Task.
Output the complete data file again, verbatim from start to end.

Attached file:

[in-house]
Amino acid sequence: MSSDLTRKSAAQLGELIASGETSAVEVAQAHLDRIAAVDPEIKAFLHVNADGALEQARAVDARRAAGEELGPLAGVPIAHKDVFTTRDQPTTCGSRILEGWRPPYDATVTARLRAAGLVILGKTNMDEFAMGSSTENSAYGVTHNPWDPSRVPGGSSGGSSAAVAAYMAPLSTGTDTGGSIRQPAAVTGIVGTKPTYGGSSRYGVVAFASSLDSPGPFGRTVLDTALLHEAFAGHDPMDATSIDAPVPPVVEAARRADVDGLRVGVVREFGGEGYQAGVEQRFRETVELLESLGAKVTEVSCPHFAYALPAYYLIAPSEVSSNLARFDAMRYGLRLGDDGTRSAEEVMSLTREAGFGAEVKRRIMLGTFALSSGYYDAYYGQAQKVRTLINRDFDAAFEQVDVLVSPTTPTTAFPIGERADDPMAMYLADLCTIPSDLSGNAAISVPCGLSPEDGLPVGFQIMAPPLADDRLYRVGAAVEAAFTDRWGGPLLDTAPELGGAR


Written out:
[in-house]
Amino acid sequence: MSSDLTRKSAAQLGELIASGETSAVEVAQAHLDRIAAVDPEIKAFLHVNADGALEQARAVDARRAAGEELGPLAGVPIAHKDVFTTRDQPTTCGSRILEGWRPPYDATVTARLRAAGLVILGKTNMDEFAMGSSTENSAYGVTHNPWDPSRVPGGSSGGSSAAVAAYMAPLSTGTDTGGSIRQPAAVTGIVGTKPTYGGSSRYGVVAFASSLDSPGPFGRTVLDTALLHEAFAGHDPMDATSIDAPVPPVVEAARRADVDGLRVGVVREFGGEGYQAGVEQRFRETVELLESLGAKVTEVSCPHFAYALPAYYLIAPSEVSSNLARFDAMRYGLRLGDDGTRSAEEVMSLTREAGFGAEVKRRIMLGTFALSSGYYDAYYGQAQKVRTLINRDFDAAFEQVDVLVSPTTPTTAFPIGERADDPMAMYLADLCTIPSDLSGNAAISVPCGLSPEDGLPVGFQIMAPPLADDRLYRVGAAVEAAFTDRWGGPLLDTAPELGGAR